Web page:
Abstract

Articulatory precision is a critical factor that influences speaker intelligibility. In this letter, we propose a new measure we call 'articulation entropy' that serves as a proxy for the number of distinct phonemes a person produces when he or she speaks. The method is based on the observation that the ability of a speaker to achieve an articulatory target, and hence clearly produce distinct phonemes, is related to the variation of the distribution of speech features that capture articulation - the larger the variation, the larger the number of distinct phonemes produced. In contrast to previous work, the proposed method is completely unsupervised, does not require phonetic segmentation or formant estimation, and can be estimated directly from continuous speech. We evaluate the performance of this measure with several experiments on two data sets: a database of English speakers with various neurological disorders and a database of Mandarin speakers with Parkinson's disease. The results reveal that our measure correlates with subjective evaluation of articulatory precision and reveals differences between healthy individuals and individuals with neurological impairment.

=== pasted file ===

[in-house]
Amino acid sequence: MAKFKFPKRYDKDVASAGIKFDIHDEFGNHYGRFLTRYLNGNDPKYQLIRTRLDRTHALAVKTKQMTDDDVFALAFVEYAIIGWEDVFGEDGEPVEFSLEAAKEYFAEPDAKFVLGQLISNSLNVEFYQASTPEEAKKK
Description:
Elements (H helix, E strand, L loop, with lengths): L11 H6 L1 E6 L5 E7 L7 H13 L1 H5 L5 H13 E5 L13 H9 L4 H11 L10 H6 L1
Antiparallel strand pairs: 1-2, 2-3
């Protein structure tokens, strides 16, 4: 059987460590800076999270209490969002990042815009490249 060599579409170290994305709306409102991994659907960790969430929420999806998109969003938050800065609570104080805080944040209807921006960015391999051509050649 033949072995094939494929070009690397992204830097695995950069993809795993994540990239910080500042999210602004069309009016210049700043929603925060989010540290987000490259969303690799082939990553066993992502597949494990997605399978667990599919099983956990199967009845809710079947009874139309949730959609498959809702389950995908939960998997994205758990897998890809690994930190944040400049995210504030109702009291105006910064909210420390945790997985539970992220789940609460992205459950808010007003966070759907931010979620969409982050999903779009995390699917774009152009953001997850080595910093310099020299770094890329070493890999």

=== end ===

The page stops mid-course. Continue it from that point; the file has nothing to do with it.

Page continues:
Original languageEnglish (US)
Article number2633871
Pages (from-to)485-489
Number of pages5
JournalIEEE Signal Processing Letters
Volume24
Issue number4
DOIs
StatePublished - Apr 1 2017

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Keywords

  • Articulatory precision
  • entropy
  • pathological speech
  • phonemic inventory
  • unsupervised estimation

ASJC Scopus subject areas

  • Signal Processing
  • Applied Mathematics
  • Electrical and Electronic Engineering

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